The need to win was everywhere in life, in every act, in every conversation, in every encounter between people.The Hustler, walter tevis
Hello, I’m Ace Eddleman.
Although I never planned it out this way, I’ve discovered that my goal in life is to break down complex, real-world games and figure out how to beat them.
In essence, everything I write about is geared towards finding the best ways to win — no matter what the circumstances.
By virtue of my focus on challenging games and finding ways to win, I’ve spent time in a variety of different domains.
My first foray into meaningful complexity was in finance. I started as an options trader in my early 20s and did that full-time for around 5 years.
After a while, I got bored of finance (and sick of all the paperwork) and started to write code in my free time. This became a new outlet for me that sucked up a ton of my time.
The book of business I’d built in options was running more or less on autopilot at this point, so I dedicated about 9 months to getting myself up to what could be considered a “professional standard.”
This kicked off about 3 years of full-time coding experience. That was long enough for me to discover that A) I love building systems, and B) I hate doing it for other people as a job. So I stopped that.
Throughout this process, I’ve been writing, researching and experimenting with my thoughts on 52 Aces. Initially I created this site as a way to self-publish my first book, The Learning Factory.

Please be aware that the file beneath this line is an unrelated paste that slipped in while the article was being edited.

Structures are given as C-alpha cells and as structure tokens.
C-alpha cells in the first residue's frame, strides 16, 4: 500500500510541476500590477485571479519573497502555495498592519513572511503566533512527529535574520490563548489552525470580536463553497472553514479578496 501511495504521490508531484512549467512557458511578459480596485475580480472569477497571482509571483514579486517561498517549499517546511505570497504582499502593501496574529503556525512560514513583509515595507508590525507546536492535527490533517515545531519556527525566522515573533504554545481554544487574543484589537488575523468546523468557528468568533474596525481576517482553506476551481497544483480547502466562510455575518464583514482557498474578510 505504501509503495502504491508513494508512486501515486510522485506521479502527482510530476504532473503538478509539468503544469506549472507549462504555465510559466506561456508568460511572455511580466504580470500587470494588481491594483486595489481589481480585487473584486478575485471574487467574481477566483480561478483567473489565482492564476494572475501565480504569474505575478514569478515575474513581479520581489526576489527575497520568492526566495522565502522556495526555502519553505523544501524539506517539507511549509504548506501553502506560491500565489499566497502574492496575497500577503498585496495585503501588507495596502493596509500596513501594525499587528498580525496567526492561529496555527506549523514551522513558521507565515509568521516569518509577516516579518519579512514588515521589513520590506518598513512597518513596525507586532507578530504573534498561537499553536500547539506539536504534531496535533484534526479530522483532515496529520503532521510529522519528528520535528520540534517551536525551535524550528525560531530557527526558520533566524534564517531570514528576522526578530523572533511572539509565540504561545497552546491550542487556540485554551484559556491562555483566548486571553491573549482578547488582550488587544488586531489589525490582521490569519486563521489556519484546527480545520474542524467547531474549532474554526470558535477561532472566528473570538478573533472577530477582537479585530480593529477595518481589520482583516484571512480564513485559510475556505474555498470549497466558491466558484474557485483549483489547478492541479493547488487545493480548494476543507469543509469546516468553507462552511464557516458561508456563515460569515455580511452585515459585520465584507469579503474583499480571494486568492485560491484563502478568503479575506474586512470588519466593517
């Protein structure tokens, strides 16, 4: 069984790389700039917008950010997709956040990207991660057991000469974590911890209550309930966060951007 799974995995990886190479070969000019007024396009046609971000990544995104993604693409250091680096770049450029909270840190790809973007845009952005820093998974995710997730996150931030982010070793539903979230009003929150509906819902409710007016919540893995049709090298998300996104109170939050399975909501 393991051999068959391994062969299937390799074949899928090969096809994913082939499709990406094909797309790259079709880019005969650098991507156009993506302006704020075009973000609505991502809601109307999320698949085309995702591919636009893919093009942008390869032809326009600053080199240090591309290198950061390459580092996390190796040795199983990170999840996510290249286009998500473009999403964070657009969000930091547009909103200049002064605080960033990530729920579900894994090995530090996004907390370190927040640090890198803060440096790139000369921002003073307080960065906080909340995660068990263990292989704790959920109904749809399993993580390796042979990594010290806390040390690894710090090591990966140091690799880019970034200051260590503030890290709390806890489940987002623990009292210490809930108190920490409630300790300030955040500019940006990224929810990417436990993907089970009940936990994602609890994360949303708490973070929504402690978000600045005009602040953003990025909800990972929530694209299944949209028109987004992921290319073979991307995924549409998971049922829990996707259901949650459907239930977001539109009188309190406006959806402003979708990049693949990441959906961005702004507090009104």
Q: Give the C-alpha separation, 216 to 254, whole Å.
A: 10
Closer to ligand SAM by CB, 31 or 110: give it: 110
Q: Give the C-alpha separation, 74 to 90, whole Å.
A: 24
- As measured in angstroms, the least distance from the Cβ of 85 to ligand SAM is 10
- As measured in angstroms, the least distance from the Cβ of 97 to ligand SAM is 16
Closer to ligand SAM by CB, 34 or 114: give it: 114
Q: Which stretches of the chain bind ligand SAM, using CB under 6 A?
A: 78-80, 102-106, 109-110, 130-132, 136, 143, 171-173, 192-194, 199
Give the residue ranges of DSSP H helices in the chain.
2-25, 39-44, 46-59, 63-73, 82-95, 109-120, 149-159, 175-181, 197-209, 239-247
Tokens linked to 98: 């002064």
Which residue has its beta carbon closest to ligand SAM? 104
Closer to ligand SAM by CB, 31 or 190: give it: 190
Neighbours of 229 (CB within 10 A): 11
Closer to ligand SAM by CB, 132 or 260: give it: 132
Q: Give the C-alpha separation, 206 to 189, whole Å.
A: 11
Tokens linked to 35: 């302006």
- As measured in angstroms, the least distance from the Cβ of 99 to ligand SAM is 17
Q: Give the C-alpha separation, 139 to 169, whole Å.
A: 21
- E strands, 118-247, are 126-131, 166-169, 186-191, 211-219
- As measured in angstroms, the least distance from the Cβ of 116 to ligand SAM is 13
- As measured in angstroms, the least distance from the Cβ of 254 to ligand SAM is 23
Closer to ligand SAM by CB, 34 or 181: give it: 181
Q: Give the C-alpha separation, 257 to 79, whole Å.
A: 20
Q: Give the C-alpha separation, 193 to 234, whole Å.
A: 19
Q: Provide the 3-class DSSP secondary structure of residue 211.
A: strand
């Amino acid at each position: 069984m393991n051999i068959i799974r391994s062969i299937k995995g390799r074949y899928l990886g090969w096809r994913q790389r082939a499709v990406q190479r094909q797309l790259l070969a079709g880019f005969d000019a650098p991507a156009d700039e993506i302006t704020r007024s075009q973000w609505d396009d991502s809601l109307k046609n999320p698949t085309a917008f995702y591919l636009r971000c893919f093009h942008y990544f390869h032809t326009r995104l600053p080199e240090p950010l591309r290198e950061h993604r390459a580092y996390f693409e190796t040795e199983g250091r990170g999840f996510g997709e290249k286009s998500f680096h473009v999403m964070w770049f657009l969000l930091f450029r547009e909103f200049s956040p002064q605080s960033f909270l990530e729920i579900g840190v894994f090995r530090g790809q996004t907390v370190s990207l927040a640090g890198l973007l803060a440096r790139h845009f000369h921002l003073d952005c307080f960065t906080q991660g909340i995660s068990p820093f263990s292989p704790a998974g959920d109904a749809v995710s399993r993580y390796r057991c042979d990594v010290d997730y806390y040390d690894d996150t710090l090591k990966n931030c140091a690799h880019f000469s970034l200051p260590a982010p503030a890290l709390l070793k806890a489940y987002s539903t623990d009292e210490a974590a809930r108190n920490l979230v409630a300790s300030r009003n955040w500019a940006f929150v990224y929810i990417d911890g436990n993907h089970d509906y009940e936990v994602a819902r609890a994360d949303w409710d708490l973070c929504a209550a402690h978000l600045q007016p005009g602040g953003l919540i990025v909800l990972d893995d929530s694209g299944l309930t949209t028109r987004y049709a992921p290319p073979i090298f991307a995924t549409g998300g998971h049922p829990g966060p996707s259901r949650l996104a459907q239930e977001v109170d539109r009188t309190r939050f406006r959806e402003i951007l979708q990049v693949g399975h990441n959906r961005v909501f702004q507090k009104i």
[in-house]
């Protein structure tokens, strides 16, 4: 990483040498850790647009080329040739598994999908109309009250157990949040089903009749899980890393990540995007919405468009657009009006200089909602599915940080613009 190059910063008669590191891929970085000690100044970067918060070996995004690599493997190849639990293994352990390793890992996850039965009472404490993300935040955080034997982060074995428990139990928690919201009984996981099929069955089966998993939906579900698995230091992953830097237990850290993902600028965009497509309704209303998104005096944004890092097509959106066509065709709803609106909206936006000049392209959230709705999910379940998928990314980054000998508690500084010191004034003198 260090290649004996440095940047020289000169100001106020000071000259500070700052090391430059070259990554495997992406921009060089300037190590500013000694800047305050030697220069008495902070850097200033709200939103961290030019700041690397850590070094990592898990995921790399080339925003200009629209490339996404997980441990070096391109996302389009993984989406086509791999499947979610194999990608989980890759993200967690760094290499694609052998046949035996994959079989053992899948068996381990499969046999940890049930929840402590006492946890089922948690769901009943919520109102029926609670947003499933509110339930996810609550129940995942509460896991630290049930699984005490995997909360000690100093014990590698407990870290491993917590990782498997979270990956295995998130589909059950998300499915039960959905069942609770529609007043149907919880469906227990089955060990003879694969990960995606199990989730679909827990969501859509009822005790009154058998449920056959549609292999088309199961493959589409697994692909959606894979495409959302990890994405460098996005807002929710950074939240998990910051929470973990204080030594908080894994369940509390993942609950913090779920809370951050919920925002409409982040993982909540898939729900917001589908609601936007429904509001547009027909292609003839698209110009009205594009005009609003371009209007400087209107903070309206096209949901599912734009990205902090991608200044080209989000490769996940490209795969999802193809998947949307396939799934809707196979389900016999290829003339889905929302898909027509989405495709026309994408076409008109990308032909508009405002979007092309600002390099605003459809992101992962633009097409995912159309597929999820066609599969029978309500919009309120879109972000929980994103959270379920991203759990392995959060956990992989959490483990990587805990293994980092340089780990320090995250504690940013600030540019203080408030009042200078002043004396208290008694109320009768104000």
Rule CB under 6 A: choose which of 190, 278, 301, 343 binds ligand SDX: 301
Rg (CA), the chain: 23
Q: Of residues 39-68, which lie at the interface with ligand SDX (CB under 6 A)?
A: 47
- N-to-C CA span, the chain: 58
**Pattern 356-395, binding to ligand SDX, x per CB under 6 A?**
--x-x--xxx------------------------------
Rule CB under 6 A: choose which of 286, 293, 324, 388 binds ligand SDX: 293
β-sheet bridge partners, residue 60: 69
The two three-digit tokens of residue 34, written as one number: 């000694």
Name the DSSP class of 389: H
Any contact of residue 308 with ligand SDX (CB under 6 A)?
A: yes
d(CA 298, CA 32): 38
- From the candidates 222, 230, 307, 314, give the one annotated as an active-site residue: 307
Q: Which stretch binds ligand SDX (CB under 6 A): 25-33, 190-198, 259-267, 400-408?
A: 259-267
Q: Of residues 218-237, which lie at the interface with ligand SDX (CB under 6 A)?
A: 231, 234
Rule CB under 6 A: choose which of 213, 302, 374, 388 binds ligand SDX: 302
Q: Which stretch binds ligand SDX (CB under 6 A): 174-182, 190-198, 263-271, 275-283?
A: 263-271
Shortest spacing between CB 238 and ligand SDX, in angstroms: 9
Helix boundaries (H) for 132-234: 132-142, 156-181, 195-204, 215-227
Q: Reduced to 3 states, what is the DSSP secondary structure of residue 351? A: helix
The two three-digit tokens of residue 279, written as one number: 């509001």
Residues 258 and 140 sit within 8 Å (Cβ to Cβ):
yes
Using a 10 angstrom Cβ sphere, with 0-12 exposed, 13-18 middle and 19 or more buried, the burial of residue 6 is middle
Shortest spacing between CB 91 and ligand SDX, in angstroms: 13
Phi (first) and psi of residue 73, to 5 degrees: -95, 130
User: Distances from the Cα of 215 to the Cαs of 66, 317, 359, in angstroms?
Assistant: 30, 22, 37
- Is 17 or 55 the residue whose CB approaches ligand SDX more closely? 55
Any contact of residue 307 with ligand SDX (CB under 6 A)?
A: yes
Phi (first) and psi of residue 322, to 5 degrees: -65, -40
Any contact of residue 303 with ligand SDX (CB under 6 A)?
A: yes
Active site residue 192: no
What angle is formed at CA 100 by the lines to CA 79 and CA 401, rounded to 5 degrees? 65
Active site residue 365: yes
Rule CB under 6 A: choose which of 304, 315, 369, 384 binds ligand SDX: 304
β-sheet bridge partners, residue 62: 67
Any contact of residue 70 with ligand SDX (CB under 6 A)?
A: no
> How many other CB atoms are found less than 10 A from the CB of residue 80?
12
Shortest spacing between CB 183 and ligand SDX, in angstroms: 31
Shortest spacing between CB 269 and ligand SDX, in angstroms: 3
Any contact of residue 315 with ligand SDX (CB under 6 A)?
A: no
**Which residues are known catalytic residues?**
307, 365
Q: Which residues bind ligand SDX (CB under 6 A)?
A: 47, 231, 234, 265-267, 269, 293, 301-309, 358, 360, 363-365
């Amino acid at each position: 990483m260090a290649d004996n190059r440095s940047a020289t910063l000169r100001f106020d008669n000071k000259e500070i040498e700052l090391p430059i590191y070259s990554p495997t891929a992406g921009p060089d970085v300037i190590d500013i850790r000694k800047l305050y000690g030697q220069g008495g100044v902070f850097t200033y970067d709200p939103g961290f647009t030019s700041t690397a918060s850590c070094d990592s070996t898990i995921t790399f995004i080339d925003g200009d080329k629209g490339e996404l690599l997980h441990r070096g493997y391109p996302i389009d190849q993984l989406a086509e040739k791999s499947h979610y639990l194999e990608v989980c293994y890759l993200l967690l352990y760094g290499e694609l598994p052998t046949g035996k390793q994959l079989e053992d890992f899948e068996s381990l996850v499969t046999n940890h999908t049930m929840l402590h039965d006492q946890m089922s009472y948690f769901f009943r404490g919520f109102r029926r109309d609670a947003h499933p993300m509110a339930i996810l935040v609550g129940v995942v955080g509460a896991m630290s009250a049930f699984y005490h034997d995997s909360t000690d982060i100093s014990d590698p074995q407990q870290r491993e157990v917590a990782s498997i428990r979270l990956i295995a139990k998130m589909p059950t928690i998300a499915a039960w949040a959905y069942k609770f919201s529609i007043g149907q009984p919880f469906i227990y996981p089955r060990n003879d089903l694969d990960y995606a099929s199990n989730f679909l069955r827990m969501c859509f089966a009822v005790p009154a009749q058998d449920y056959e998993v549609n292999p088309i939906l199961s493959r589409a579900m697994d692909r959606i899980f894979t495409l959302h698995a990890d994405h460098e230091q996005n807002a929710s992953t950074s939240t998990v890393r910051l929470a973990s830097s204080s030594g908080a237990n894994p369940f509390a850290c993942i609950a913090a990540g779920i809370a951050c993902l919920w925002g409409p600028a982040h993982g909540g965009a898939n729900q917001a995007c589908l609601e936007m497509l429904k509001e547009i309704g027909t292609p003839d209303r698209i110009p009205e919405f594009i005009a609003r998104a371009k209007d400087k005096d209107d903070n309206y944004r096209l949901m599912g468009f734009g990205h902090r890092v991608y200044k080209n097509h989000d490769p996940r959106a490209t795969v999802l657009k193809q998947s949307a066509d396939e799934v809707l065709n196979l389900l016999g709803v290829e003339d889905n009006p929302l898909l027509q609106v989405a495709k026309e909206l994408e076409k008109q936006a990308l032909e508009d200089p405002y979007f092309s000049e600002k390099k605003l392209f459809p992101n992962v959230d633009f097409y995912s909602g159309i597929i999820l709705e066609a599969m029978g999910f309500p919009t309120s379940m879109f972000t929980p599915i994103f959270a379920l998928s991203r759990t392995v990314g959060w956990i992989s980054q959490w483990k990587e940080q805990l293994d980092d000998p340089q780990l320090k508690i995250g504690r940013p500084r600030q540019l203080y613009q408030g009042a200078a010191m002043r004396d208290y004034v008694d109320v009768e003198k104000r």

I had no idea what I was doing at the time. Writing a book was just something I’d always wanted to do, so sat down and started writing.
At first I wasn’t even sure how I was going to structure the book. I’d spent years working on my learning systems, but hadn’t given much thought to whether anybody would even want it. In some sense, I didn’t care — I just wanted to check off the “Wrote a book” box in my mind.
Fortunately, I discovered that what I had to offer was of interest to people all over the world.
It took me several more years, and many more words, to discover through trial and error what the common thread of all my work was: understanding how to win.
Although it was ambiguous at first, it started to make sense. Whoever learns faster generally wins. Whoever understands the systems in their environment better generally wins.
All of my work kept highlighting this tendency in my thinking. So I decided to just embrace. Now I guess I’m “the winning guy.” There are worse titles to have I guess.
When I’m not writing, I’m usually playing VR games, training jiu-jitsu, or hanging out with my guinea pigs.
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